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TIGSource ForumsCommunityDevLogsSignals : Yarn Commands For Special Dialogue Options / Animated Talk Bubbles
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Author Topic: Signals : Yarn Commands For Special Dialogue Options / Animated Talk Bubbles  (Read 294 times)
SpaceOwlPro
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« on: January 12, 2020, 01:18:56 PM »



Our game, Signals, is a dialogue focused job simulator about working at a radio station during a time nearing climate apocalypse.  

As a first time game dev, I wanted to use a dialogue system that I didn’t have to build from the ground up, but had built in capabilities to trigger functions in Unity.  I saw that Yarn met that need  with its Yarn Commands feature, so I started digging in.  Since it took more online digging than I had expected to get this working the way I wanted it to, I thought I’d do a devlog about it so that it could potentially help others conceptualize some of these Yarn tools.  For me, it’s easier to understand concepts when they’re being used in real world scenarios, so this type of devlog would have helped me during this development.

In Signals, the main character Carem has decided to strike up a job at a remote radio station in order to distract themselves from the impending climate apocalypse.  In game, this interest is manifested as a “Distraction Meter.”  



It is eventually revealed to the player that this Distraction Meter also affects the player’s ability to reach certain dialogue options when talking with npc’s in the game.  Each special dialogue option has a Distraction Meter limit, and if the meter is over that limit, the option won’t be selectable.  You might ask why we didn’t just use the Variable Storage feature of Yarn so that if the Distraction Meter is above the special dialogue choice’s limit, it wouldn’t be displayed at all.  This was our first instinct, but we quickly realized that presenting the dialogue choice and not allowing the user to interact with it was a better way to reveal to the player that there is more to the game if they choose to focus on building relationships rather than focusing on the radio station.  This builds on the game’s main theme (or rather, main question), how do you choose to spend your time in the face of inevitable death?  By presenting the choice, we hope to make the player think about the choice and what it means in the scheme of things.


To achieve this effect we used Yarn Commands, which are typed directly into the dialogue scripts and parsed out by the Yarn Dialogue Runner to then trigger a function somewhere in our game code.  Basically, just before a special option in dialogue, the writer must simply type a Yarn Command.

Code:
<<Carem>>
[[They’re alright.|Alright]]
[[I’m kinda scared of them.|Scared]]
[[Hey, I'm kinda busy...|Busy]]
<<SpecialOption DialogueController 3>>
[[...How've you been, Dar?|Special]]

In order for that Yarn Command to mean anything, though, I have to do some work in the game code in Unity.  This Yarn Command is made up of 2 sections, the name of the Yarn Command, the Unity GameObject that that holds the script that the Yarn Command is defined in.  A third element is optional if you wish to pass a string parameter to the Yarn Command’s function.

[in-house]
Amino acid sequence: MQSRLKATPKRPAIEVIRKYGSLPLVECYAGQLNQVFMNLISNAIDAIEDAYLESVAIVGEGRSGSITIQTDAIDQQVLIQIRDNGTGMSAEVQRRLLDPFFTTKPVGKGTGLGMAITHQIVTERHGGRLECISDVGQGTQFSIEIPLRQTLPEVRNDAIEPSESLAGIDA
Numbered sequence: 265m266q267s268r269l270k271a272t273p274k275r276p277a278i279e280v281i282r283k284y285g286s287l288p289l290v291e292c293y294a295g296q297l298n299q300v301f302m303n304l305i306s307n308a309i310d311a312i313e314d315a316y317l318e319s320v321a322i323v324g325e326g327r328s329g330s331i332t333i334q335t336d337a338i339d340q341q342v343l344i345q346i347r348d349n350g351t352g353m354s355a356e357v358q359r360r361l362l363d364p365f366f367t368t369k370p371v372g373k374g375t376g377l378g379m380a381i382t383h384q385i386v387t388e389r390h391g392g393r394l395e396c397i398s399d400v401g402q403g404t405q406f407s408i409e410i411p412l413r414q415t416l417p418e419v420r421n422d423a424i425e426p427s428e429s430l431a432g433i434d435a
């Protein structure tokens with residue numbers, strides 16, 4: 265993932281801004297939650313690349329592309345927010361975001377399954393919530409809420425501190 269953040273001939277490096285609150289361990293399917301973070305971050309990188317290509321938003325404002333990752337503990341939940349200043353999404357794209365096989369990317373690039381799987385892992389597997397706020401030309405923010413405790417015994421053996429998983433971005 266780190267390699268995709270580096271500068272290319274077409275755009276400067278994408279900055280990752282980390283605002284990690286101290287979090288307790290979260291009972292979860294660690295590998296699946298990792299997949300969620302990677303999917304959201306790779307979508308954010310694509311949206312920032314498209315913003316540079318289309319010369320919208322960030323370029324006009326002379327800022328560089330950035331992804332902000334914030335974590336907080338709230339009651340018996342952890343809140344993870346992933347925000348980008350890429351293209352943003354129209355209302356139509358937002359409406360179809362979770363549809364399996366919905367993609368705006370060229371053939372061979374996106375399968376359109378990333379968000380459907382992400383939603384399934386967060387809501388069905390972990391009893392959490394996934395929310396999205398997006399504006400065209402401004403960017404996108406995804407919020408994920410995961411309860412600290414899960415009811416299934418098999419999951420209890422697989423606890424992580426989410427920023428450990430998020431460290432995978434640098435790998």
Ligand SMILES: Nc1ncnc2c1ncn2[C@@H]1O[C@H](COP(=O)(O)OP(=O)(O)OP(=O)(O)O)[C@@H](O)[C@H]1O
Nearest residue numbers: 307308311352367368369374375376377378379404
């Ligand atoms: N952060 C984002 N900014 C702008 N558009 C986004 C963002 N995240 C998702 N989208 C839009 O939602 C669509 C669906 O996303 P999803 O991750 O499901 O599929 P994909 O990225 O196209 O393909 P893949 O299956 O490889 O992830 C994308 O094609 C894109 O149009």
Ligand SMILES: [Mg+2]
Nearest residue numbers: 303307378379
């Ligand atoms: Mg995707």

Now that the writer has defined a dialogue option as a special one with the above Yarn Command, the game has to do something with it.  That’s where the function attached to the Yarn Command comes in.

Code:
[YarnCommand("SpecialOption")]
   public void SpecialOption(string limit)
   {
       specialOption = true;
       int setLimit = int.Parse(limit);
       specialOptionLimit = setLimit;
   }

These Yarn Commands can be used to do basically anything in game.  

Another place that we used Yarn Commands in Signals was to affect how the dialogue bubbles animate.  We wanted to add a small amount of flair to the dialogue bubbles that match the energy level of the NPC character at the given moment that they’re talking.  


At the start of each branch from the NPC, the writer simply types a command like this:

Code:
<<Dar EnergyController High>>
Oh, not you Carem.  I thought you were smart!  There’s absolutely no reason to be afraid of roller coasters!!!

This Yarn Command starts with the name of the function (conveniently the character’s name), the GameObject that houses the script where the Yarn Command is defined, and a parameter string that defines the energy of the NPC.

Code:
  [YarnCommand("Dar")]
   public void DarEnergy(string choice)
   {
       darDialogue = GameObject.Find("Dar").GetComponentInChildren<NPCDialogueUI>();
       switch(choice)
       {
           case "Normal":
           {
               darDialogue.npcEnergy = NPCDialogueUI.NPCEnergy.Normal;
               break;
           }
           case "High":
           {
               darDialogue.npcEnergy = NPCDialogueUI.NPCEnergy.High;
               break;
           }
       }
   }



A minor issue with this setup is that when this dialogue runs, the energy level is set while Yarn is telling Unity to start typing the dialogue.  This is a problem, as the function itself is telling the dialogue bubble Animator information that it needs before it pops up, but where it sits now, it gets the information after it is already activated.  My current workaround for this is a bit messy…  and it is probably a tell for how much of a beginner I am.